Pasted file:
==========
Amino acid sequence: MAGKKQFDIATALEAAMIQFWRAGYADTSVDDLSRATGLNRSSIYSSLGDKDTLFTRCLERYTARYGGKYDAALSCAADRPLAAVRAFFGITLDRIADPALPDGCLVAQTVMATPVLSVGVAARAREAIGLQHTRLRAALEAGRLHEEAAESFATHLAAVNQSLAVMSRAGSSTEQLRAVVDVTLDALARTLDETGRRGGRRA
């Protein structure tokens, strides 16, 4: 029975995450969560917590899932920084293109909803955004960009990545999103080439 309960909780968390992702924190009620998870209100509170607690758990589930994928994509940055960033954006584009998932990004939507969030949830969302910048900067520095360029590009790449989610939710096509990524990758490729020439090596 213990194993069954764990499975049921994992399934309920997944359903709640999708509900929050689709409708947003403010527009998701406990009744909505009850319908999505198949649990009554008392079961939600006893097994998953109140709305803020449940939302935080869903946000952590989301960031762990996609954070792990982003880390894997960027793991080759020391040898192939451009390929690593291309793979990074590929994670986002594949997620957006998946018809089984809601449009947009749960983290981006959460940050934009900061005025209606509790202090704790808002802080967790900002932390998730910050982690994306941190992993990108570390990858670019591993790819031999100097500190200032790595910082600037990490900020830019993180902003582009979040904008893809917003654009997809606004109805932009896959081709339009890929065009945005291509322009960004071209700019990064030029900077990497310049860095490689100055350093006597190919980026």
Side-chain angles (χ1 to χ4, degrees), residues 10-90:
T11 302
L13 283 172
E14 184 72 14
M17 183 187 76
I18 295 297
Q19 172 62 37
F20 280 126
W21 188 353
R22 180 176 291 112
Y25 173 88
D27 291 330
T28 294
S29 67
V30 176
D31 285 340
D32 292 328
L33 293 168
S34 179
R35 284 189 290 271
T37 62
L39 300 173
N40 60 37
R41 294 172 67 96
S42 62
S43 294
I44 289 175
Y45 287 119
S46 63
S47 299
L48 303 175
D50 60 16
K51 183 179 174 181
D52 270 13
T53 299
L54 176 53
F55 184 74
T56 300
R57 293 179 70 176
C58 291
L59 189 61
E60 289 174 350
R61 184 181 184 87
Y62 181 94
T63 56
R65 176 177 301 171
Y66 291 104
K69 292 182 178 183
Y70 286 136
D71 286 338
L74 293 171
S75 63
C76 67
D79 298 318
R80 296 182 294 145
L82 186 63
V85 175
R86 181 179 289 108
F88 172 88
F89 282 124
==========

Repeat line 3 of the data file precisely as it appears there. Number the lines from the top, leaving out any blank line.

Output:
Side-chain angles (χ1 to χ4, degrees), residues 10-90: